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Helen Bronte-Stewart, MD, MS

Helen Bronte-Stewart, MD, MS

John E. Cahill Family Professor, Professor of Neurology and, by courtesy, of Neurosurgery at the Stanford University Medical Center
Fellowship: UCSF Medical Center (1992) CA
Medical Education: Perelman School of Medicine University of Pennsylvania (1984) PA
Residency: Hospital of the University of Pennsylvania (1988) PA
Internship: Hospital of the University of Pennsylvania (1985) PA
Board Certification: American Board of Psychiatry and Neurology, Neurology (1991)
BA, University of York, England, Mathematics and physics
MSE, University of Pennsylvania, Bioengineering
MD, University of Pennsylvania, Medicine
Phone: 
(650) 723-2116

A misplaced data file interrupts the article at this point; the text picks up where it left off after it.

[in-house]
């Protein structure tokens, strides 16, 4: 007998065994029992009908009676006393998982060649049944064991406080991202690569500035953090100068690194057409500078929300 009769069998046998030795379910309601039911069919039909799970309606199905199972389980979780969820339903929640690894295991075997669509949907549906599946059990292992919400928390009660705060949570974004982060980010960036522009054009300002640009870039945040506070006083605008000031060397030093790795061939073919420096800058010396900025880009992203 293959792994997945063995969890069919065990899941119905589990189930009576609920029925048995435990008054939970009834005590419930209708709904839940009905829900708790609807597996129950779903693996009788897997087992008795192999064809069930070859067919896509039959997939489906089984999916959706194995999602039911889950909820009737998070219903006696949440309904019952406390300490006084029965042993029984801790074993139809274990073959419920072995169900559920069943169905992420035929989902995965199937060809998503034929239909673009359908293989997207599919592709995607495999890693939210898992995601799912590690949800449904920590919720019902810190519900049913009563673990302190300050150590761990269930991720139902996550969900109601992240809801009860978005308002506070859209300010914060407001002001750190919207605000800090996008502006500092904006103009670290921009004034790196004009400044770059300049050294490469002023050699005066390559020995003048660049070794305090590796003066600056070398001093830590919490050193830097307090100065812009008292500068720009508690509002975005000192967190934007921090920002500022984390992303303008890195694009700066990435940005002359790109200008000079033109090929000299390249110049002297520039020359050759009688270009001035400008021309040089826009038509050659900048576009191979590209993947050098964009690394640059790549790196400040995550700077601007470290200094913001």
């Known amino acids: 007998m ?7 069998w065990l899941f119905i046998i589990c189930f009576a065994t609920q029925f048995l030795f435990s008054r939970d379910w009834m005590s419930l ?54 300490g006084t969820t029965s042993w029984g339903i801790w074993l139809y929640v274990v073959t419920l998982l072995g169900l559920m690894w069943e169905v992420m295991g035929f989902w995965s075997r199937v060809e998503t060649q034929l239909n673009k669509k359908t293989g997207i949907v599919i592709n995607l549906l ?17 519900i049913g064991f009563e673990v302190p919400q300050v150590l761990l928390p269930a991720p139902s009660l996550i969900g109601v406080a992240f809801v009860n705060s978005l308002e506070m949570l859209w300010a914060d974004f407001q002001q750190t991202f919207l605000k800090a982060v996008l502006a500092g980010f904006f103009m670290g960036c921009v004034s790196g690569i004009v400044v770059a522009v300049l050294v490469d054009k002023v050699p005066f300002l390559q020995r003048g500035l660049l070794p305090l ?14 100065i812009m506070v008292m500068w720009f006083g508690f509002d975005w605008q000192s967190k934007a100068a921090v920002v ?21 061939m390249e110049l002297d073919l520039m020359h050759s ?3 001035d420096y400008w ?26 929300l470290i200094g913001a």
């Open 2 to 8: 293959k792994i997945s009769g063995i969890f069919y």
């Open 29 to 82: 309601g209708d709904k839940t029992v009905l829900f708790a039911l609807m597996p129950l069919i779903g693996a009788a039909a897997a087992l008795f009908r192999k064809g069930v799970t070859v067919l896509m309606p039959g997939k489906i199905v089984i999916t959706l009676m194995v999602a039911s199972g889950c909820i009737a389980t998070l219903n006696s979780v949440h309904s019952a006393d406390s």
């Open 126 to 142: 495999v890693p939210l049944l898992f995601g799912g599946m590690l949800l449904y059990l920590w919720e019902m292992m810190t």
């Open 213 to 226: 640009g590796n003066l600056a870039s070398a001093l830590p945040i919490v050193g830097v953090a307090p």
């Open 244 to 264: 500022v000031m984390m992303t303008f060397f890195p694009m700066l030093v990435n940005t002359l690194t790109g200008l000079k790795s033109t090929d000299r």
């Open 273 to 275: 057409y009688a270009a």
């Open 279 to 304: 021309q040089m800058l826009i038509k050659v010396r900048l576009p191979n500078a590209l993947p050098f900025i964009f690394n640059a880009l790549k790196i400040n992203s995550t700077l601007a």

Dr. Helen Bronte-Stewart is the John E Cahill Family Professor in the department of Neurology and Neurological Sciences. She is a neurologist, neurophysiologist and movement disorders specialist, who has used her training in mathematics and physics, bioengineering, neurology, movement disorders, and single unit electrophysiology in primates to develop a rigorous translational program in motor control research in human subjects with movement disorders. Dr. Bronte-Stewart is the Director of the Stanford Comprehensive Movement Disorders Center, the Co-Director of the Stanford Balance Center, and the Division Chief of Movement Disorders in the department of Neurology and Neurological Sciences. She directs the Human Motor Control and Neuromodulation Laboratory, where she has developed computerized, quantitative measurements of motor behavior, which are being implemented in a wide range of Movement Disorders. Her research investigates the brain’s contribution to abnormal movement in human subjects, using synchronous brain recordings and quantitative kinematics, and how these are modulated with different frequencies and patterns of neurostimulation. Dr. Bronte-Stewart’s team was the first in the United States to implant a sensing neurostimulator, from which they can record brain signals directly, and use the patient’s own neural activity to drive the first closed loop neurostimulation studies in Parkinson’s disease. This work has led to her team receiving a BRAIN Initiative grant to perform the first closed loop deep brain stimulation studies for gait impairment and freezing of gait in Parkinson’s disease. She is the North America Lead Investigator for the first pivotal international trial of adaptive DBS in Parkinson’s disease – the ADAPT trial.